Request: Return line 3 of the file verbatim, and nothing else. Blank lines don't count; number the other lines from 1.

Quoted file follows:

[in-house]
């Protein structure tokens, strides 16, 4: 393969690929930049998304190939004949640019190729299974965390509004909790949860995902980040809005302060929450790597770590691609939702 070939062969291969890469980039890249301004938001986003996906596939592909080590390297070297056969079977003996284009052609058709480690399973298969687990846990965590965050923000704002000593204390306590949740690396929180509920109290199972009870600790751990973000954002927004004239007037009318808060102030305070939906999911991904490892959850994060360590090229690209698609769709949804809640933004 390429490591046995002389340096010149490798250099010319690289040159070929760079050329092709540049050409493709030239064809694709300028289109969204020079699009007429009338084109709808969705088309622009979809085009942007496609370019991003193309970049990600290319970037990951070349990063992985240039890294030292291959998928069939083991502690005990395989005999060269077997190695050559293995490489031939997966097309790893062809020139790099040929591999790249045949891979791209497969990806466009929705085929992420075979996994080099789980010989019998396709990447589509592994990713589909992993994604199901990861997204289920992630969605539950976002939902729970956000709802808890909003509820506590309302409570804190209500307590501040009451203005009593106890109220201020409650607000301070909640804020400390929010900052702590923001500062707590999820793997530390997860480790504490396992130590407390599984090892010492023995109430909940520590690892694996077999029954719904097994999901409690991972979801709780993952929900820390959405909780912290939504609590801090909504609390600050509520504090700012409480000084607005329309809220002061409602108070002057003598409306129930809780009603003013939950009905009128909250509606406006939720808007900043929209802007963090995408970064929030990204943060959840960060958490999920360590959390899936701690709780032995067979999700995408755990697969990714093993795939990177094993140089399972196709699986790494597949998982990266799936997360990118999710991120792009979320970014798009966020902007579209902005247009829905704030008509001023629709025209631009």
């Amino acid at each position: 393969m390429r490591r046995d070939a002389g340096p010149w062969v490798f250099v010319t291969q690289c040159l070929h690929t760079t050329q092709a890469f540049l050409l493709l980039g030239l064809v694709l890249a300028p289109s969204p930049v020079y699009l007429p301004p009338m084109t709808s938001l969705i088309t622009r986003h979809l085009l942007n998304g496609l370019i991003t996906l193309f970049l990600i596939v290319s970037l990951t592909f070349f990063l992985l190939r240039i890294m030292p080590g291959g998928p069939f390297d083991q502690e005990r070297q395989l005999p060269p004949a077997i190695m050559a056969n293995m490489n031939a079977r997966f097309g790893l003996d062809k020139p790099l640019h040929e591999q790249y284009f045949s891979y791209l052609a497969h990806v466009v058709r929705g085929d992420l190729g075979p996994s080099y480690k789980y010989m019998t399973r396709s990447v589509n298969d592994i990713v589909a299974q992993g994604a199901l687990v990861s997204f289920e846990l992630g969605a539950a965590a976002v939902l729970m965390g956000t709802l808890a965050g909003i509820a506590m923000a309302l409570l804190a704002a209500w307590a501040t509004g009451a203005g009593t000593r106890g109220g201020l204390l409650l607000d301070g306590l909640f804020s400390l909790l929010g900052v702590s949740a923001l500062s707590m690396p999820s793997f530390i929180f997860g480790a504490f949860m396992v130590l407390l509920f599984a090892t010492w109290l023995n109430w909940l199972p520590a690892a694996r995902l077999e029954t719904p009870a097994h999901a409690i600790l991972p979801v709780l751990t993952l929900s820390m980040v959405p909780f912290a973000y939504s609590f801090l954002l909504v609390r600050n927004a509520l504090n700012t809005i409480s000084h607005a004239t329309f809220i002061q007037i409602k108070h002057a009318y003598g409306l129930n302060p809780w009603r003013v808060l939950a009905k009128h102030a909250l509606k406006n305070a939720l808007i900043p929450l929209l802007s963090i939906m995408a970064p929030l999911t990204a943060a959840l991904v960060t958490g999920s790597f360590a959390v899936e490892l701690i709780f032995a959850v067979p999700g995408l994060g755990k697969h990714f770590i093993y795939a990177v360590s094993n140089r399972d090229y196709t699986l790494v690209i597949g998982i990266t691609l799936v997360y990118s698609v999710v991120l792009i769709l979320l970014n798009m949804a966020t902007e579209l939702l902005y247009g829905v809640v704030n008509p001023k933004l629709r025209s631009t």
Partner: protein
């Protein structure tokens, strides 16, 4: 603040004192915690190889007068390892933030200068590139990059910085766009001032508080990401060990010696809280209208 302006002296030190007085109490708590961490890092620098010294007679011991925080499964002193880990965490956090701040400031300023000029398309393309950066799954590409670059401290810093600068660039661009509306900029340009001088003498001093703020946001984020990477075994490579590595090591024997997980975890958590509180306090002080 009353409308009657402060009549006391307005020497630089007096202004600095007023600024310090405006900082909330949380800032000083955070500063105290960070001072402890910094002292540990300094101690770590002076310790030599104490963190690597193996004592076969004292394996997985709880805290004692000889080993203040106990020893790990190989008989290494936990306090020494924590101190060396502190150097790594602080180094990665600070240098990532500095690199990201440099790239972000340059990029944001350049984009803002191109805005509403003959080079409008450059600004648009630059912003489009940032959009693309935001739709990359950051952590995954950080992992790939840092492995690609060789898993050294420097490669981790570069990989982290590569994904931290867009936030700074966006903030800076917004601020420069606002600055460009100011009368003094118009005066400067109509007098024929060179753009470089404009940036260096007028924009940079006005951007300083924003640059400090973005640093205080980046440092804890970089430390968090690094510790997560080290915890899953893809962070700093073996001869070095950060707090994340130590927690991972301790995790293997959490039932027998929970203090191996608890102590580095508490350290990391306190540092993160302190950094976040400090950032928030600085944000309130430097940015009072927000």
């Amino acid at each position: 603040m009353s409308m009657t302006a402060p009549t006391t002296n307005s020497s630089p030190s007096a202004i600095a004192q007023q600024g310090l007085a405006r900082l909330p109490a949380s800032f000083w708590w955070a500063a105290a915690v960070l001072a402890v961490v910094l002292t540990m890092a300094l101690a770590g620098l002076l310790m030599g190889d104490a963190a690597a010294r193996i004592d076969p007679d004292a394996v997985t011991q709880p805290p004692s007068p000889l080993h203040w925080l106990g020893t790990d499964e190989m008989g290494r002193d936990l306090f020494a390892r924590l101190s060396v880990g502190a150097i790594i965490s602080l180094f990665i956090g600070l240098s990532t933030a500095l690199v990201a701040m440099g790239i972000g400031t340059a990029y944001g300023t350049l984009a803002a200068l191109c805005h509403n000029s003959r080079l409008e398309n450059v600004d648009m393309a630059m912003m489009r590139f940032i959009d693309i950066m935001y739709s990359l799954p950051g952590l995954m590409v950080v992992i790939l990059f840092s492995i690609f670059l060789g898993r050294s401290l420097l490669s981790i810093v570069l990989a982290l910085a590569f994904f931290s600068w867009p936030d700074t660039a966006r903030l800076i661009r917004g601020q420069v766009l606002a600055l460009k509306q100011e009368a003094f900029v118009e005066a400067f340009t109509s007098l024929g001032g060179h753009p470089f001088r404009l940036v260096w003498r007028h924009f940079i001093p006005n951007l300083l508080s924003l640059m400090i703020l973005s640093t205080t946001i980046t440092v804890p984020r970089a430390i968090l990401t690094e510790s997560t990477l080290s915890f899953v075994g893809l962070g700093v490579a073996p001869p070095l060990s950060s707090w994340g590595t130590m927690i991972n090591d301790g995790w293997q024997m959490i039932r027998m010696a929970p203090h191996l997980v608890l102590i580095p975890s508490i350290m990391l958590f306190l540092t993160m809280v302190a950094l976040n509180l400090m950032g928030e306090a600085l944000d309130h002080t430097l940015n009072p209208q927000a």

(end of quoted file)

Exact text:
């Amino acid at each position: 393969m390429r490591r046995d070939a002389g340096p010149w062969v490798f250099v010319t291969q690289c040159l070929h690929t760079t050329q092709a890469f540049l050409l493709l980039g030239l064809v694709l890249a300028p289109s969204p930049v020079y699009l007429p301004p009338m084109t709808s938001l969705i088309t622009r986003h979809l085009l942007n998304g496609l370019i991003t996906l193309f970049l990600i596939v290319s970037l990951t592909f070349f990063l992985l190939r240039i890294m030292p080590g291959g998928p069939f390297d083991q502690e005990r070297q395989l005999p060269p004949a077997i190695m050559a056969n293995m490489n031939a079977r997966f097309g790893l003996d062809k020139p790099l640019h040929e591999q790249y284009f045949s891979y791209l052609a497969h990806v466009v058709r929705g085929d992420l190729g075979p996994s080099y480690k789980y010989m019998t399973r396709s990447v589509n298969d592994i990713v589909a299974q992993g994604a199901l687990v990861s997204f289920e846990l992630g969605a539950a965590a976002v939902l729970m965390g956000t709802l808890a965050g909003i509820a506590m923000a309302l409570l804190a704002a209500w307590a501040t509004g009451a203005g009593t000593r106890g109220g201020l204390l409650l607000d301070g306590l909640f804020s400390l909790l929010g900052v702590s949740a923001l500062s707590m690396p999820s793997f530390i929180f997860g480790a504490f949860m396992v130590l407390l509920f599984a090892t010492w109290l023995n109430w909940l199972p520590a690892a694996r995902l077999e029954t719904p009870a097994h999901a409690i600790l991972p979801v709780l751990t993952l929900s820390m980040v959405p909780f912290a973000y939504s609590f801090l954002l909504v609390r600050n927004a509520l504090n700012t809005i409480s000084h607005a004239t329309f809220i002061q007037i409602k108070h002057a009318y003598g409306l129930n302060p809780w009603r003013v808060l939950a009905k009128h102030a909250l509606k406006n305070a939720l808007i900043p929450l929209l802007s963090i939906m995408a970064p929030l999911t990204a943060a959840l991904v960060t958490g999920s790597f360590a959390v899936e490892l701690i709780f032995a959850v067979p999700g995408l994060g755990k697969h990714f770590i093993y795939a990177v360590s094993n140089r399972d090229y196709t699986l790494v690209i597949g998982i990266t691609l799936v997360y990118s698609v999710v991120l792009i769709l979320l970014n798009m949804a966020t902007e579209l939702l902005y247009g829905v809640v704030n008509p001023k933004l629709r025209s631009t």